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Home / Technology / Apple announces 18 things we want on Android for iOS 14

Apple announces 18 things we want on Android for iOS 14



Every year, before and after Apple WWDC, I like to take off Android geeks and fan caps, set them aside, and then enjoy everything that competitors from Cupertino are fighting for. A few years ago, I might like to discuss which operating system is better, and these days I have become weaker and more pragmatic. iOS borrowed a lot of money from Android and continued to do so, and vice versa. The two ecosystems have a mutually beneficial competitive relationship, and they continue to promote their own development, and in this case, they continue to promote each other.

Therefore, I am happy to watch the main keynote speech of WWDC. I hope Apple can implement some of the features that I have hoped to use on Android for many years, and add some innovations and obvious choices that I don’t know I need but can’t get rid of now. With this in mind, I will share with you the 1

8 iOS (and iPadOS, watchOS, tvOS) features that I hope to see soon on Android.

When I did this last year, there was a lot of debate about how Samsung, Huawei, Xiaomi, LG, Sony or other OEMs implemented certain functions. Or how to execute them with third-party applications or custom ROMs. Yes, technically speaking, this is completely correct. However, when I talk about Android here, I mean Android. The options available for a brand (or ROM or application) are not universal. For example, Samsung adopted the dark mode before launching Android, but most third-party developers didn’t take it seriously until Android implemented it. So yes, I know that your Android phone may already have some of these options, but I hope all Android users can see them in it.

General search

what…

gh, why…

We already have this, this, this and all these things in the Google apps and widgets on Android, but they were deleted in the second half of 2019 and have never returned since. At the same time, iOS 14 has surpassed Android with the universal search bar, which can launch applications, find contacts and files, filter by personal notes, open websites, and provide answers to weather and maps and other general questions. Good for Apple. No, assistants are not counted; this is just a clumsy method to accomplish something with just a few taps.

App Store shared IAP and subscription

Currently, the Play Store Family Library supports sharing purchased applications, games, books, movies and TV shows. However, many applications use in-app purchases or subscriptions as a payment model, and these applications cannot be provided to important other people, children, or parents. They must buy again. Apple once had the same restrictions, but now it offers developers the choice whether to allow in-app purchases and subscriptions to be shared with their families. Some developers may not enable this feature, but at least this option exists, and users may end up saving a penny.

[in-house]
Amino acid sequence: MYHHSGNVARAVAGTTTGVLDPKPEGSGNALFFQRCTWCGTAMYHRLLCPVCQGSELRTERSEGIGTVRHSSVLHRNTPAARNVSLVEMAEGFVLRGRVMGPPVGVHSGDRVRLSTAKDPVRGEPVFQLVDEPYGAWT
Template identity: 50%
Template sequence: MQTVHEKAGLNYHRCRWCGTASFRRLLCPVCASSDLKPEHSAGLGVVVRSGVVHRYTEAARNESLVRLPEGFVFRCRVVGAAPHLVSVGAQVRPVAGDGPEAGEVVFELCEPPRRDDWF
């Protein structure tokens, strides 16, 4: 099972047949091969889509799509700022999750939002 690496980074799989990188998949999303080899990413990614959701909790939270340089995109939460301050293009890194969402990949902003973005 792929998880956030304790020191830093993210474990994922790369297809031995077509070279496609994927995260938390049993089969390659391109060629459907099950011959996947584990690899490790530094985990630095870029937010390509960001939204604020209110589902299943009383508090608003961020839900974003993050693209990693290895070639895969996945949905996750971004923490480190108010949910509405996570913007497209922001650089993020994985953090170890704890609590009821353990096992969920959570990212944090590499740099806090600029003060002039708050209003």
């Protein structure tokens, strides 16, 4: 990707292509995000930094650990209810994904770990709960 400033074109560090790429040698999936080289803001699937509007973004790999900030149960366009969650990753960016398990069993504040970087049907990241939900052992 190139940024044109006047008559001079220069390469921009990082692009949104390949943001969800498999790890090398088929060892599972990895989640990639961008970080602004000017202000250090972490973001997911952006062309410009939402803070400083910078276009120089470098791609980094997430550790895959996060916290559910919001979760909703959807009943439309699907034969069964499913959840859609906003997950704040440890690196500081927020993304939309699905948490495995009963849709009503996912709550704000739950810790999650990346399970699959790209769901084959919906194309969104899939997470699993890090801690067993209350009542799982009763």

Widget stack and smart stack

Apple greatly appreciated its widget support on iOS 14, but one particular aspect caught my attention: the stack. Instead of randomly filling the home screen with different widget shapes and colors, you can create a stack of multiple widgets by dragging one widget to the top of another window and then sliding between them. So if you use a local music player, streaming service, audiobook application and podcast player, you can have only a bunch of audio widgets. Oh, I want to have it on Android!

There is also a “smart stack” that can use the AI ​​on the device to display the widgets needed according to context (time, location, activity). It sounds like Google’s Pixel overview widget, but because it’s not limited to just a few types of data, it’s very attractive.

PIP resize and minimize

Picture-in-picture entered Android with Oreo, but it hasn’t changed much since then: drag, expand, and close. You can use free-form windows on Android, but it is still a developer’s feature and so far is not as elegant or useful as PIP. Apple has just implemented PIP in iOS 14, but has provided two additional features from the beginning: pinch to zoom to adjust the size of the floating window, and an easy way to minimize it and move it off the screen open.

Use Siri to send voice messages

On my side, people use voice messages much more than typing messages because they are faster, more personalized, and don’t need to know multiple letters. But Google Assistant still performs poorly in these areas. It does not allow you to listen to any audio clips sent by Messenger, only supports sending them through WhatsApp-does not provide Google Messages, Telegram or any other services. (Even the implementation of WhatsApp is very picky.)